The gestational age of the fetus must be precisely determined because failure rates augment significantly after 49 days of LMP, by 17% at 50-56 days and 23% at 57-63 days. (Id. at 1243). Further, abortion that is incomplete and untreated could consequently cause infection, sterility and even death. Added Dangers to Women under the Lax Standards Set by the FDA state that Failure to make a diagnosis of an ectopic pregnancy can result in maternal death. (Wu, op cit., 198-199) “Some recent adverse events resulting from undiagnosed ectopic pregnancies have led providers to pay more attention to ultrasound examination.” (Id. at 197). Malformations in eight children were reported in 71 cases of continuing pregnancy in France, Sweden, and the United Kingdom between 1987 and 1998. (Von Hertzen, op. cit. at 136). (Retrieved from website: <http://www.usccb.org/prolife/issues/abortion/ru486factsheet.shtml>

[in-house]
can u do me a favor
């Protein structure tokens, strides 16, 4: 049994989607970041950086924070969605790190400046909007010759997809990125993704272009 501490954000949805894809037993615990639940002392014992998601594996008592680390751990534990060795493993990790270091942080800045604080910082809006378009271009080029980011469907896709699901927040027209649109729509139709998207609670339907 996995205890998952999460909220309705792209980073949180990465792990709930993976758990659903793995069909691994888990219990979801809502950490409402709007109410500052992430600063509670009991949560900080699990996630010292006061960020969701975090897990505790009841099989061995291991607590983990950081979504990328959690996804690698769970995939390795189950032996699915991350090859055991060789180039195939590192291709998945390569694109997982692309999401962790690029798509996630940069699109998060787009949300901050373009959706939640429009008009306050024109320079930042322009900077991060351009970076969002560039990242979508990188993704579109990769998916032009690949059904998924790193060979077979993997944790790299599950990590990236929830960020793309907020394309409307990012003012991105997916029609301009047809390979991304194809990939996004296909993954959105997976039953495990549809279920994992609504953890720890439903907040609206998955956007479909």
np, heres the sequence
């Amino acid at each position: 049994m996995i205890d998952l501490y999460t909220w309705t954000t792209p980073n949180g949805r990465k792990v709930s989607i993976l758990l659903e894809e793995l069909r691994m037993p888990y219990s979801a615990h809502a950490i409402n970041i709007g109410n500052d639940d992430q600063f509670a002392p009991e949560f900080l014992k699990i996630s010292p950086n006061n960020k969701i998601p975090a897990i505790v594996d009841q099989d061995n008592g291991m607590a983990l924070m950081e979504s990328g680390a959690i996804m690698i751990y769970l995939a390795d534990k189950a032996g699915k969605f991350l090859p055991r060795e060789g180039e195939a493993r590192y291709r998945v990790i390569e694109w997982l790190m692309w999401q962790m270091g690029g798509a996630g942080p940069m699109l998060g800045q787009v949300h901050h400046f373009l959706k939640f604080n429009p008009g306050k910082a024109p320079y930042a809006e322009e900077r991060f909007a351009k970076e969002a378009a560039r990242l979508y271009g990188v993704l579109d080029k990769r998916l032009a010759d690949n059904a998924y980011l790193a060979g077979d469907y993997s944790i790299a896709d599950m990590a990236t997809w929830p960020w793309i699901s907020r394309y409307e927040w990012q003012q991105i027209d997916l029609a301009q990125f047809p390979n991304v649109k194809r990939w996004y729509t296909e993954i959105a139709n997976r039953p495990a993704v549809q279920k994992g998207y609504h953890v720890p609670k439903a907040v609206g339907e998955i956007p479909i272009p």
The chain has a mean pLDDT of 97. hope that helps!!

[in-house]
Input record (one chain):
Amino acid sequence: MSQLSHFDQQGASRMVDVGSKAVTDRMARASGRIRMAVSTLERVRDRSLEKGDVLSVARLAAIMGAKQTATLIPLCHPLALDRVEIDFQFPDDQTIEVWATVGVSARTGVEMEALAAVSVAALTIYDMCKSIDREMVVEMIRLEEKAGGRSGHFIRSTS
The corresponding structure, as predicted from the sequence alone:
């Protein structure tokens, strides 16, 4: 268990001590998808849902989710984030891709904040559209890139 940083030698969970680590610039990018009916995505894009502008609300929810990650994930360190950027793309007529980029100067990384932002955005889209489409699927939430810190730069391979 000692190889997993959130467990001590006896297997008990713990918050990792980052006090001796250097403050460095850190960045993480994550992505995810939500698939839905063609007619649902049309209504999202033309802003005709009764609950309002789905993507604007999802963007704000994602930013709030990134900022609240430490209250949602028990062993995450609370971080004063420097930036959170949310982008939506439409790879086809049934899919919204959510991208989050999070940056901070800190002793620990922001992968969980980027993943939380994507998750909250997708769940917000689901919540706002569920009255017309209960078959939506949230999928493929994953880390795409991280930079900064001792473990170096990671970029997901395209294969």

Risks to U.S. Women under Relaxed Controls
In U.S. trials conducted by the Population Council (‘PC’), a total of 9% of women reported bleeding after 30 days, and 1% continued to bleed even after 60 days. “Excessive bleeding necessitated blood transfusions in four women and accounted for 25 of 27 hospitalizations (including [ER] visits), 56 of 59 surgical interventions, and 22 of 49 administrations of [IV] fluid” (I.M.Spitz et al., “Early Pregnancy Termination with Mifepristone and Misoprostol in the United States,” The New England Journal of Medicine, April 30, 1998, 338:18, 1241-47, hereinafter ‘NEJM’).
A Waterloo, Iowa woman participating in Population Council trials had to be urgently taken to a hospital emergency room where Dr. Louviere found her “in obvious shock” as she had “lost between one-half to two-thirds of her blood volume.” His clinical opinion was that she would die soon. He further informed that “without even doing the routine preparation we normally do for surgery, I realized that I had to take her immediately to surgery to save her life” (FDA Reproductive Health Drugs Advisory Committee, Hearing Transcript, July 19, 1996, at 224).